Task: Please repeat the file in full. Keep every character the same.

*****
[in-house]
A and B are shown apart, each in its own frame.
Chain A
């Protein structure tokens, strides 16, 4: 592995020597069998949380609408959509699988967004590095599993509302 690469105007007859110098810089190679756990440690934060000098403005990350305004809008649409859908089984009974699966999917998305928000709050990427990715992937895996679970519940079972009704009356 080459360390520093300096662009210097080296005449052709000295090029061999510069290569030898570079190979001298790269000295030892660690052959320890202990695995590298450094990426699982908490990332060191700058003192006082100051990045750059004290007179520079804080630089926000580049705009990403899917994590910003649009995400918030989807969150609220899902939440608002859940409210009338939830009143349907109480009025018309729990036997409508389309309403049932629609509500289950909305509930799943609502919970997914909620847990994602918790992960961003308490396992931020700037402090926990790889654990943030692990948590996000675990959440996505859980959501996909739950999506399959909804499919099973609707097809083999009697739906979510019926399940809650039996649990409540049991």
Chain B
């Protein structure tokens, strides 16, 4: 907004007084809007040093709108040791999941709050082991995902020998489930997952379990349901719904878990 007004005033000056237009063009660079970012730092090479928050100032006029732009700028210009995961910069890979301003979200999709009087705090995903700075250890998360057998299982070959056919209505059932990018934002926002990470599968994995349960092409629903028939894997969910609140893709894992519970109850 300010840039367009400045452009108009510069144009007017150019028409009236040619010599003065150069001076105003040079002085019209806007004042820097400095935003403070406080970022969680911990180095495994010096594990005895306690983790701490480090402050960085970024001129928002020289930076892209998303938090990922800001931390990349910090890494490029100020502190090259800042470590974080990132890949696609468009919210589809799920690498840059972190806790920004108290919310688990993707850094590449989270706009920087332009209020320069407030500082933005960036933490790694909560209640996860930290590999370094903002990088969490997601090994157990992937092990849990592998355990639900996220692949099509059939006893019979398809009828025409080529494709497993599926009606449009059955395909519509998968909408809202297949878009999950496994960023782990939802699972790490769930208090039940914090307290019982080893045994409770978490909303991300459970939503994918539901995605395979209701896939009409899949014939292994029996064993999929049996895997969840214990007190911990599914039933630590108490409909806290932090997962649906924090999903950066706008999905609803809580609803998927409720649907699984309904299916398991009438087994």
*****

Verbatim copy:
[in-house]
A and B are shown apart, each in its own frame.
Chain A
């Protein structure tokens, strides 16, 4: 592995020597069998949380609408959509699988967004590095599993509302 690469105007007859110098810089190679756990440690934060000098403005990350305004809008649409859908089984009974699966999917998305928000709050990427990715992937895996679970519940079972009704009356 080459360390520093300096662009210097080296005449052709000295090029061999510069290569030898570079190979001298790269000295030892660690052959320890202990695995590298450094990426699982908490990332060191700058003192006082100051990045750059004290007179520079804080630089926000580049705009990403899917994590910003649009995400918030989807969150609220899902939440608002859940409210009338939830009143349907109480009025018309729990036997409508389309309403049932629609509500289950909305509930799943609502919970997914909620847990994602918790992960961003308490396992931020700037402090926990790889654990943030692990948590996000675990959440996505859980959501996909739950999506399959909804499919099973609707097809083999009697739906979510019926399940809650039996649990409540049991």
Chain B
């Protein structure tokens, strides 16, 4: 907004007084809007040093709108040791999941709050082991995902020998489930997952379990349901719904878990 007004005033000056237009063009660079970012730092090479928050100032006029732009700028210009995961910069890979301003979200999709009087705090995903700075250890998360057998299982070959056919209505059932990018934002926002990470599968994995349960092409629903028939894997969910609140893709894992519970109850 300010840039367009400045452009108009510069144009007017150019028409009236040619010599003065150069001076105003040079002085019209806007004042820097400095935003403070406080970022969680911990180095495994010096594990005895306690983790701490480090402050960085970024001129928002020289930076892209998303938090990922800001931390990349910090890494490029100020502190090259800042470590974080990132890949696609468009919210589809799920690498840059972190806790920004108290919310688990993707850094590449989270706009920087332009209020320069407030500082933005960036933490790694909560209640996860930290590999370094903002990088969490997601090994157990992937092990849990592998355990639900996220692949099509059939006893019979398809009828025409080529494709497993599926009606449009059955395909519509998968909408809202297949878009999950496994960023782990939802699972790490769930208090039940914090307290019982080893045994409770978490909303991300459970939503994918539901995605395979209701896939009409899949014939292994029996064993999929049996895997969840214990007190911990599914039933630590108490409909806290932090997962649906924090999903950066706008999905609803809580609803998927409720649907699984309904299916398991009438087994």